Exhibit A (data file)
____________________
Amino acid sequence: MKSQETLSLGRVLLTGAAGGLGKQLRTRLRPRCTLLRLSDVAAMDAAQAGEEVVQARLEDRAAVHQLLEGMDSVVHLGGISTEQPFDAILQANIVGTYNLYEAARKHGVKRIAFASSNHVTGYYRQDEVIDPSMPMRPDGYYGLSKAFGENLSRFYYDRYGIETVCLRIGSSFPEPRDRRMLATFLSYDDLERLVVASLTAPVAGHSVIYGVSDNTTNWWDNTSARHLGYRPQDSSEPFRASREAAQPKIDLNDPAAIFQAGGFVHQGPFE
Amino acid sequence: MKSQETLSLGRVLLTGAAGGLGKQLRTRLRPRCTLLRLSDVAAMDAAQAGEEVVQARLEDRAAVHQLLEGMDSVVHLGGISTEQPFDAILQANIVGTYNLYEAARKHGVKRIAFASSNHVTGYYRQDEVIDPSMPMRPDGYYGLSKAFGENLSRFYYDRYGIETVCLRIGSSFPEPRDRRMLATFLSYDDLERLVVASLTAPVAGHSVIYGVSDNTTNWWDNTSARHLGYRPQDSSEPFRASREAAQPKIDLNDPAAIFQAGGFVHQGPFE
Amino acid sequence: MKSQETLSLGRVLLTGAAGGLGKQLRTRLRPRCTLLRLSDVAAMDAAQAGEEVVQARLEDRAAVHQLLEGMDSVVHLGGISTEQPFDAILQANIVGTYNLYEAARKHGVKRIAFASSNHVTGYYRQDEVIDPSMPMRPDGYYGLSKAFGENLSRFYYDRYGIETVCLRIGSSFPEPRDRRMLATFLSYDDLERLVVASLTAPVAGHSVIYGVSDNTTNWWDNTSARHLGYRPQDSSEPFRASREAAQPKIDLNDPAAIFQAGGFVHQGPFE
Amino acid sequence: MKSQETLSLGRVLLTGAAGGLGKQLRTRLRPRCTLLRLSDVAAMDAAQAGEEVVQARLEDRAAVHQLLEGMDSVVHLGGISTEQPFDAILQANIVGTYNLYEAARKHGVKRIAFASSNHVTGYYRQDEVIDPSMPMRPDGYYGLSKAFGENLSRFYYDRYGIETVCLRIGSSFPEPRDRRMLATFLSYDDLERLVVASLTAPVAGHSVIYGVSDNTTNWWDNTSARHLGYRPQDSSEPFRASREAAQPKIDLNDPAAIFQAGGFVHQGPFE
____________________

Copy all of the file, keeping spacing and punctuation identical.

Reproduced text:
Amino acid sequence: MKSQETLSLGRVLLTGAAGGLGKQLRTRLRPRCTLLRLSDVAAMDAAQAGEEVVQARLEDRAAVHQLLEGMDSVVHLGGISTEQPFDAILQANIVGTYNLYEAARKHGVKRIAFASSNHVTGYYRQDEVIDPSMPMRPDGYYGLSKAFGENLSRFYYDRYGIETVCLRIGSSFPEPRDRRMLATFLSYDDLERLVVASLTAPVAGHSVIYGVSDNTTNWWDNTSARHLGYRPQDSSEPFRASREAAQPKIDLNDPAAIFQAGGFVHQGPFE
Amino acid sequence: MKSQETLSLGRVLLTGAAGGLGKQLRTRLRPRCTLLRLSDVAAMDAAQAGEEVVQARLEDRAAVHQLLEGMDSVVHLGGISTEQPFDAILQANIVGTYNLYEAARKHGVKRIAFASSNHVTGYYRQDEVIDPSMPMRPDGYYGLSKAFGENLSRFYYDRYGIETVCLRIGSSFPEPRDRRMLATFLSYDDLERLVVASLTAPVAGHSVIYGVSDNTTNWWDNTSARHLGYRPQDSSEPFRASREAAQPKIDLNDPAAIFQAGGFVHQGPFE
Amino acid sequence: MKSQETLSLGRVLLTGAAGGLGKQLRTRLRPRCTLLRLSDVAAMDAAQAGEEVVQARLEDRAAVHQLLEGMDSVVHLGGISTEQPFDAILQANIVGTYNLYEAARKHGVKRIAFASSNHVTGYYRQDEVIDPSMPMRPDGYYGLSKAFGENLSRFYYDRYGIETVCLRIGSSFPEPRDRRMLATFLSYDDLERLVVASLTAPVAGHSVIYGVSDNTTNWWDNTSARHLGYRPQDSSEPFRASREAAQPKIDLNDPAAIFQAGGFVHQGPFE
Amino acid sequence: MKSQETLSLGRVLLTGAAGGLGKQLRTRLRPRCTLLRLSDVAAMDAAQAGEEVVQARLEDRAAVHQLLEGMDSVVHLGGISTEQPFDAILQANIVGTYNLYEAARKHGVKRIAFASSNHVTGYYRQDEVIDPSMPMRPDGYYGLSKAFGENLSRFYYDRYGIETVCLRIGSSFPEPRDRRMLATFLSYDDLERLVVASLTAPVAGHSVIYGVSDNTTNWWDNTSARHLGYRPQDSSEPFRASREAAQPKIDLNDPAAIFQAGGFVHQGPFE